In the Hawaiian "Stone Age"
Archeologists refer to the material culture of ancient Hawai'i as neolithic, since its basis was via the use of stone tools. In a volcanic setting, metal-bearing ores were unavailable, so the development of tools and weapons was based on a foundation of available materials that included coral-derived limestone, sedimentary sandstone, and a variety of volcanically-derived rocks such as pumice, dense, fine-grained basalt, lighter, more porous basalt, and rather uncommon igneous rocks such as obsidian (volcanic glass), and jasper. With such a limited set of working materials, it is amazing how rocks of various kinds were incorporated into every aspect of Hawaiian life, from warfare to personal grooming, from cooking to creation of carved figures, from house-building to communication, and from agricultural complexes to massive temples.
Pā pōhaku (stone walls) ranged from simple, low constructs that provided more visual separation than physical barrier, to well-engineered double walls, inward sloping, with smaller clinker filling, designed to settle inwards during earthquakes. The culmination of stone structures of course, were massive heiau temple structures, some of which we can still be awe-struck by today, such as Pu'u Koholā at Kawaihae on the Big Island, or Pi'ilanihale, in Hāna, Maui, whose sides tower above the kukui treetops near the rumbling sea.
No less marvelous are some of the stonework used to lay out Hawaiian 'auwai (agricultural canals) and lo'i (terraces). Intricate and extensive public works covered the bottoms of arable wet valleys, and even brought water long distances to bring agriculture to fertile, but water-limited regions of Kohala. No wonder pre-contact Hawai'i supported half a million or more people without the need for massive importation of food and goods that we see today.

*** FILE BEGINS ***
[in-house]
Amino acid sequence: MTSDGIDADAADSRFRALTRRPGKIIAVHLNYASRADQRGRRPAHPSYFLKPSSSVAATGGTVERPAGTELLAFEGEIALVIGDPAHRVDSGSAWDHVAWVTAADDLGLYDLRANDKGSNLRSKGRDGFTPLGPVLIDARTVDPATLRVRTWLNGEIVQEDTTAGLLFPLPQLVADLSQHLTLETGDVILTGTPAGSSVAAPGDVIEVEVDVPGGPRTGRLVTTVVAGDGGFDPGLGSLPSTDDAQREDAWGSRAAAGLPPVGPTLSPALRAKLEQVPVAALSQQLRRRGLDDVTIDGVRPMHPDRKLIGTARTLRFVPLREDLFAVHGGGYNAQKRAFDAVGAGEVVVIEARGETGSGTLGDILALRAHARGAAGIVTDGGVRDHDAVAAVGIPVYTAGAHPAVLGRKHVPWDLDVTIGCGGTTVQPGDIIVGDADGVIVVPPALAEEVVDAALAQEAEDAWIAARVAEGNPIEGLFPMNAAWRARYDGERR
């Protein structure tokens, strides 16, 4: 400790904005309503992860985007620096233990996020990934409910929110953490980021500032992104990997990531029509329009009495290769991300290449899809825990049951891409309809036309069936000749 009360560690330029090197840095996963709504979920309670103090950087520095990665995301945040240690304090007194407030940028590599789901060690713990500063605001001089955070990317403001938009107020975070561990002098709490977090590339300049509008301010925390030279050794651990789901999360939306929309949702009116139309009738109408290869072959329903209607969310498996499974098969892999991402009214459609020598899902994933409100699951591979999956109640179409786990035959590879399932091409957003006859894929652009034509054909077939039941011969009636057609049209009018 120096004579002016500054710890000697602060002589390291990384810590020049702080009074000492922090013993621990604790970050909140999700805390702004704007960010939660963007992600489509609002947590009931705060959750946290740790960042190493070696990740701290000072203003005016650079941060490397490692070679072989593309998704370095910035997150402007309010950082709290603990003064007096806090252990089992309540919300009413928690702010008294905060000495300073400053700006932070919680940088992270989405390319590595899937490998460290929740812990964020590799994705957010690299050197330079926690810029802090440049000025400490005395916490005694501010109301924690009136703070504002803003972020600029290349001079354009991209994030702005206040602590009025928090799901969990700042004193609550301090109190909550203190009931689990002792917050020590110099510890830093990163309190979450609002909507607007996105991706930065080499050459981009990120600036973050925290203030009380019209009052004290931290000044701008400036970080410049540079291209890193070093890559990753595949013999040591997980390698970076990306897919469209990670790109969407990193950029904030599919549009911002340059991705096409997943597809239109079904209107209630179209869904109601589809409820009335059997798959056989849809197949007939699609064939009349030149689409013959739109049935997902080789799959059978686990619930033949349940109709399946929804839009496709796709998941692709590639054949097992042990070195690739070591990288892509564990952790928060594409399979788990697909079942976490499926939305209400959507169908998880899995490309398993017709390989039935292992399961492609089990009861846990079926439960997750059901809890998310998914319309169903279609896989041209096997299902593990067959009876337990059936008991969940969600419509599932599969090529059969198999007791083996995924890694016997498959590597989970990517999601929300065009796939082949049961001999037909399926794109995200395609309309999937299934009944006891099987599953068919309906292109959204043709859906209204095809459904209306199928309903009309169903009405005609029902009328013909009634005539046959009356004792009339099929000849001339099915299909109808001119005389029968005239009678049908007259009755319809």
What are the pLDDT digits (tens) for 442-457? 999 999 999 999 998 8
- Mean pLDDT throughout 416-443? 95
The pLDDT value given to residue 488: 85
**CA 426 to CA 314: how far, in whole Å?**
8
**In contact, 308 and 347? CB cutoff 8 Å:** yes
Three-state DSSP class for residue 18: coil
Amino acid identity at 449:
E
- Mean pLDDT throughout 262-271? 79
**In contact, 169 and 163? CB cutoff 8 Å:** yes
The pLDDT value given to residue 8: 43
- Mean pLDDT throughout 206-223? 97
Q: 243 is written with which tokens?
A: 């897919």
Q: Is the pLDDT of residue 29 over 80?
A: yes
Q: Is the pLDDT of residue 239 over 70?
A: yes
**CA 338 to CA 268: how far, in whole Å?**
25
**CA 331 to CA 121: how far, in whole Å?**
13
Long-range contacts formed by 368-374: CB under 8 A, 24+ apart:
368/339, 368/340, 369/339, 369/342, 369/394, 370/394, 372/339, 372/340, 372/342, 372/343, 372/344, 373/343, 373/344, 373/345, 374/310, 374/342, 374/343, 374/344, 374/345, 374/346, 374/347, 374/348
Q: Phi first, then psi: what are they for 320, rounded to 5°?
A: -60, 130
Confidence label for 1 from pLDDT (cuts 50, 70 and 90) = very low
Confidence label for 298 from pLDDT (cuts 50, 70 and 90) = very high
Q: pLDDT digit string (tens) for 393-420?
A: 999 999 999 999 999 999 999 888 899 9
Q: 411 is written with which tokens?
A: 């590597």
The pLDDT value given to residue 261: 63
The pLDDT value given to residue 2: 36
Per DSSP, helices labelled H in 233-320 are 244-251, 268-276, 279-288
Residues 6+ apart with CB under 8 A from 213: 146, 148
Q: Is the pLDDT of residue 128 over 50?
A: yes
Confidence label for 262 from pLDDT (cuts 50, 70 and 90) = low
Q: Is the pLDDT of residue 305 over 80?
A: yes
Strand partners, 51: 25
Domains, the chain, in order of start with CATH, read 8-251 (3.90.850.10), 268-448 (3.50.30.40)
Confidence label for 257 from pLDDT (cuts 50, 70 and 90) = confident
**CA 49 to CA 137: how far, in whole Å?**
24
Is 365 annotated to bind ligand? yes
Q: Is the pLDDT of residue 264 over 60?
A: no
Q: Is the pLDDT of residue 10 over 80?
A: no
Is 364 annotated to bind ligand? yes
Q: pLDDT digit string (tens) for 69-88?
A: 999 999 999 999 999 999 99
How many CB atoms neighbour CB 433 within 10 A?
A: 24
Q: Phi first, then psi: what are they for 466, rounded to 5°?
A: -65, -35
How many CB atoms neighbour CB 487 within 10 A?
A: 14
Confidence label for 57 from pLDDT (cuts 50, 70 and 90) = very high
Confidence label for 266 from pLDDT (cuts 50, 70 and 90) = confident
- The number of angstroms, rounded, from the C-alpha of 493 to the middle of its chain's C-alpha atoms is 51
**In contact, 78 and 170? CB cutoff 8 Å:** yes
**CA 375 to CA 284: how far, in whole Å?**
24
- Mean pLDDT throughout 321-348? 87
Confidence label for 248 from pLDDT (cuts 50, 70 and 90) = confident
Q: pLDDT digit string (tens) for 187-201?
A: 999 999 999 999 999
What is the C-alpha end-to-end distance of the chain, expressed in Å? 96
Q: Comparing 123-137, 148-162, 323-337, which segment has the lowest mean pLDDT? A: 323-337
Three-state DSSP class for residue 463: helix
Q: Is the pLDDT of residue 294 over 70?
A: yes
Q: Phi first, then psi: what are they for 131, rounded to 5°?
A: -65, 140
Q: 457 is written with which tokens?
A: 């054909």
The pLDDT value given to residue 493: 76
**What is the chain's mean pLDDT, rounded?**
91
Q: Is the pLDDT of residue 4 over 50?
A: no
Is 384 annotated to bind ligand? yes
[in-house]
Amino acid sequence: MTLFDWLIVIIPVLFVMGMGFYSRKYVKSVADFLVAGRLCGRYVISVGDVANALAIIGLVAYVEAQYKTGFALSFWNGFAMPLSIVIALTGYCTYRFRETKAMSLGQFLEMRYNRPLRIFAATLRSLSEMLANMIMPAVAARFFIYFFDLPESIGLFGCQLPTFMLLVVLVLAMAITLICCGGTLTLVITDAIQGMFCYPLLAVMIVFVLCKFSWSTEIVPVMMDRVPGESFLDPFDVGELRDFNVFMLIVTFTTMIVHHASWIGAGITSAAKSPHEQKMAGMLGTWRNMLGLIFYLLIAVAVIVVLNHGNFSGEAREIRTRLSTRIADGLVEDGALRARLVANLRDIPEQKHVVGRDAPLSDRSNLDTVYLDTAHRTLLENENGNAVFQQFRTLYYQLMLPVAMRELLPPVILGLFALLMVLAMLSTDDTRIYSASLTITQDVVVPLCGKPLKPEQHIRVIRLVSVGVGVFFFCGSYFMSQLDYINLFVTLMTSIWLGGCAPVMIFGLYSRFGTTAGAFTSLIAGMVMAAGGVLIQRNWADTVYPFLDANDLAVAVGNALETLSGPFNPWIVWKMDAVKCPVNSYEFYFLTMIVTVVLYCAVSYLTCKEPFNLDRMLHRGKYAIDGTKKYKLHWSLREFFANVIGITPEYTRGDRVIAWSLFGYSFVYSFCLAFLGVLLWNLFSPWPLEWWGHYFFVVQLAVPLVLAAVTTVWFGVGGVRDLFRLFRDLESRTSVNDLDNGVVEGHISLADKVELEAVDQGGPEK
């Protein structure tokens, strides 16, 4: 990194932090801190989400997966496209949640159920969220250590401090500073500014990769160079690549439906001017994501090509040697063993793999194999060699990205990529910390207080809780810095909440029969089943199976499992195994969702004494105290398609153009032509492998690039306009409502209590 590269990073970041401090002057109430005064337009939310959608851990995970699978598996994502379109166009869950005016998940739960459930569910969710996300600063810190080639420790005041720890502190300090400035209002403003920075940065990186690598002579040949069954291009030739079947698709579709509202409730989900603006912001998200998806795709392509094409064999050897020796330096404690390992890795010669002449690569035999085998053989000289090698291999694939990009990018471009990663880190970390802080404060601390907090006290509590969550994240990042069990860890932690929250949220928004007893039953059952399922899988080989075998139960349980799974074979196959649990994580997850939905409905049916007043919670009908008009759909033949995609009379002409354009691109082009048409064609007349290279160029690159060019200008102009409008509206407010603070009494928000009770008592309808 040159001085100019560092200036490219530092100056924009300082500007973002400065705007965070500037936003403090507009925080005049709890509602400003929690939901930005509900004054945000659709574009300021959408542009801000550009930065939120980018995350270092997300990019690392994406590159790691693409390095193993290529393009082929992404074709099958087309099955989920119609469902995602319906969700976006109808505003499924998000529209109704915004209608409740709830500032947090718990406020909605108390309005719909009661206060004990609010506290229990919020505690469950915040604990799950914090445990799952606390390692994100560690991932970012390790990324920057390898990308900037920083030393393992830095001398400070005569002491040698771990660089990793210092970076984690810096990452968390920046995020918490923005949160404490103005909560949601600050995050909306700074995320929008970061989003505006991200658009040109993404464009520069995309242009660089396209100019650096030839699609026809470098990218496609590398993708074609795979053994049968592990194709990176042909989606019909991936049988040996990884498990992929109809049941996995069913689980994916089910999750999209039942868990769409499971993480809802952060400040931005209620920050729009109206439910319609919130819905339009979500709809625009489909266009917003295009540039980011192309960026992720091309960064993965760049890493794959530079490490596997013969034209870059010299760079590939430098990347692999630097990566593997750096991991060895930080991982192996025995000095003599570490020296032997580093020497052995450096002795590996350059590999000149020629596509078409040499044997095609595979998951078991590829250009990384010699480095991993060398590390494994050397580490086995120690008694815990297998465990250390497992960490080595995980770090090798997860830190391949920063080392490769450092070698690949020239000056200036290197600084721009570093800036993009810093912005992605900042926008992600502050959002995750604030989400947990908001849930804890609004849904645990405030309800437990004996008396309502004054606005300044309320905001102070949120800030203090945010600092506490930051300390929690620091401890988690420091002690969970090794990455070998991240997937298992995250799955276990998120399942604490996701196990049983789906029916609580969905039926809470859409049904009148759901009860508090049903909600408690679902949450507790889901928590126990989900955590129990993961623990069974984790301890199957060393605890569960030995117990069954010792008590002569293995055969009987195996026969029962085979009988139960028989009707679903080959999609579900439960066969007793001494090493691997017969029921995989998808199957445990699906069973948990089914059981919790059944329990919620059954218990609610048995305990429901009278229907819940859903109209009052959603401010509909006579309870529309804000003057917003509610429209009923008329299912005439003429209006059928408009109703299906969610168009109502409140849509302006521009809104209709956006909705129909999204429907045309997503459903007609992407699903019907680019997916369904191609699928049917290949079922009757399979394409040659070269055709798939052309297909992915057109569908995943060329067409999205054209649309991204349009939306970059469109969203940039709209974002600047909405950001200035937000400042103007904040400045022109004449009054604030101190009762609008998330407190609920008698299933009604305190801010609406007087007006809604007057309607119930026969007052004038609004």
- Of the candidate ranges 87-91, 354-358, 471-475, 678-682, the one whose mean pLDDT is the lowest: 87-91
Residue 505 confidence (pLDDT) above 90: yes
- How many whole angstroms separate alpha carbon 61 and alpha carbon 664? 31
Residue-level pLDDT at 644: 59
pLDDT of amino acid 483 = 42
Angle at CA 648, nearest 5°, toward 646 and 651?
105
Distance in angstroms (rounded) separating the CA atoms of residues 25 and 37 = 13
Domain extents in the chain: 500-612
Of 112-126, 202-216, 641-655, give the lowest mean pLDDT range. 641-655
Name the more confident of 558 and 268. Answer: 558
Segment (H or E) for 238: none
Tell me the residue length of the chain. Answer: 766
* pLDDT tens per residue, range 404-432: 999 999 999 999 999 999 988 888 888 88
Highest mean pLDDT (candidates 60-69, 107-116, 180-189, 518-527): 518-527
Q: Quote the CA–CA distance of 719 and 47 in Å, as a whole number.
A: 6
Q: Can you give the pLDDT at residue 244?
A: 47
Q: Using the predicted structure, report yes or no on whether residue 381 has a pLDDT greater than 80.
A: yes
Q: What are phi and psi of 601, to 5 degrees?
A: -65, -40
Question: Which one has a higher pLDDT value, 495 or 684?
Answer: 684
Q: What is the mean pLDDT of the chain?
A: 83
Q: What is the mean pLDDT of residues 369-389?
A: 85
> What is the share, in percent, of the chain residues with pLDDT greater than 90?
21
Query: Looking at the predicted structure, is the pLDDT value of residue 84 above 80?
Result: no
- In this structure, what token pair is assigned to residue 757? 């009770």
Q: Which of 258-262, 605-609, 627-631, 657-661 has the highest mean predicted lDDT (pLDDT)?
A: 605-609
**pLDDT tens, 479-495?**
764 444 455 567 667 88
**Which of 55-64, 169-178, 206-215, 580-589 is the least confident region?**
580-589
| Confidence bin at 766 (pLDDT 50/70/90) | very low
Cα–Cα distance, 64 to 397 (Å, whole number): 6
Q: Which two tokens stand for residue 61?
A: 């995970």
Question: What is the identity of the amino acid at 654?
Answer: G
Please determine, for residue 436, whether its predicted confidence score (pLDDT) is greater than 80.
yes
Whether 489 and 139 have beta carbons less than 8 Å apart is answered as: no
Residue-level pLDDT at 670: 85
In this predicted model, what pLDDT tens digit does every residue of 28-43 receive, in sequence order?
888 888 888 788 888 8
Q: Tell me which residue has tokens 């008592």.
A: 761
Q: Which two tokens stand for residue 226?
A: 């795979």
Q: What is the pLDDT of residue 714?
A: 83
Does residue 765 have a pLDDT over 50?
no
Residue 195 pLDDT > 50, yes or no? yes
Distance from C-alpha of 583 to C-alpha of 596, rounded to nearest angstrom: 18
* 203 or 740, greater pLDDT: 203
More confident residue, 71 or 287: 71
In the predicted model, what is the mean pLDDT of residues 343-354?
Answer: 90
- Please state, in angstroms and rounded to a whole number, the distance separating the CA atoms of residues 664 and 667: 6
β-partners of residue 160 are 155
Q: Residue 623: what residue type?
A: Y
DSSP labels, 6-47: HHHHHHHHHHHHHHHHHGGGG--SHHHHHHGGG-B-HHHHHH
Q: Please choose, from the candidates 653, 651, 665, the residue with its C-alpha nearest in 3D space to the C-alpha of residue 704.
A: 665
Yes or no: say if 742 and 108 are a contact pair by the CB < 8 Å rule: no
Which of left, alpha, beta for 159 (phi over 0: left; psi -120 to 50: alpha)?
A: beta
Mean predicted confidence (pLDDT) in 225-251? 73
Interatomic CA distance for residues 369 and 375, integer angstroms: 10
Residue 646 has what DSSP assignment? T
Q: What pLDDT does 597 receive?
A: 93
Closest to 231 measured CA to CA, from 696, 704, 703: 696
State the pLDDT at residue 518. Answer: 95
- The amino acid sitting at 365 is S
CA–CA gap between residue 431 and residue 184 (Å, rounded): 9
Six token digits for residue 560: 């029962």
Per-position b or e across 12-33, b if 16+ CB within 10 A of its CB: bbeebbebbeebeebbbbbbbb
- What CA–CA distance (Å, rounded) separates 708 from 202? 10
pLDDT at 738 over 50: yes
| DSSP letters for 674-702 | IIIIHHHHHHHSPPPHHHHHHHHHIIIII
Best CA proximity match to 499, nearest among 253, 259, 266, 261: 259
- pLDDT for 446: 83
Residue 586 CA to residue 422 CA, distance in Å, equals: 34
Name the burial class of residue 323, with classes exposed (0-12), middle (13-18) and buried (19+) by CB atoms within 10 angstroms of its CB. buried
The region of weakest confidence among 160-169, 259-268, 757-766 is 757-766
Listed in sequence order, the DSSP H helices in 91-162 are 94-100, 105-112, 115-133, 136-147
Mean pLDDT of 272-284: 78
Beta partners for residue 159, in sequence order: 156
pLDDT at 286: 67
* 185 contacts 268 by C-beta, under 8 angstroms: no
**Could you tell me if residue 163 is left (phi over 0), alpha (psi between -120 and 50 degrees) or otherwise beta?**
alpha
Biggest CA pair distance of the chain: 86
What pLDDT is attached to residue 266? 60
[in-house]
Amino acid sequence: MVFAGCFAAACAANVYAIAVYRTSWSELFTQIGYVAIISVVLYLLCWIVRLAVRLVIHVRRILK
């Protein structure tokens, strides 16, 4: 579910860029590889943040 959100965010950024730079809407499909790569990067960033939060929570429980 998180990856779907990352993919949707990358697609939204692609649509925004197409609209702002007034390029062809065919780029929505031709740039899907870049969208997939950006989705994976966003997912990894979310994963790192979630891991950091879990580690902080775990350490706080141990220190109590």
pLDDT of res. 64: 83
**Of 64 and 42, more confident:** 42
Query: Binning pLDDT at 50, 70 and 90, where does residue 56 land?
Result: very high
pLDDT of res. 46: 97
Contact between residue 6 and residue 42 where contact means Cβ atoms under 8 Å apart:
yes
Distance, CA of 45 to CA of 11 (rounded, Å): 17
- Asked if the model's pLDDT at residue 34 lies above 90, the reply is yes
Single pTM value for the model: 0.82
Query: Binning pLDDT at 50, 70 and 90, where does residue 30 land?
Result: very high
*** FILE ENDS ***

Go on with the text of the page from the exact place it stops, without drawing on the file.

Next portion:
Well aware of the variations in density, porosity, and abrasiveness, Hawaiians matched different rock abraders to the material being worked, from softer pumice (hapou) to finish woodwork, to hard, fine-grained boulders (pohaku hoana), against which to hone the finest ko'i (stone adzes). To discover such grinding boulders at ancient sites is an amazing thing: huge boulders, on which intricate parallel grooves radiate outward, marking the edges of innumerable adzes of different sizes, that were finished or resharpened on such stones over perhaps hundreds of years.
The permanence of stone marked it as supernatural in a world where things are typically born, live, and pass away from physical existence, and it is no surprise that everything from huge stone formations to smaller carved and uncarved pōhaku could be considered kino (bodies) of akua (deities and spiritual beings). The so-called "Crouching Lion" on the island of O'ahu is a fine example: in Hawaiian mo'olelo, this is Kauhi'īmakaokalani, a kupua fated to a permanent watch station, and who, in his effort to arise and join Hi'iaka in her quest to fetch Lohiau for her sister Pele, was able to assume a crouch before he was again petrified by greater powers than he could muster.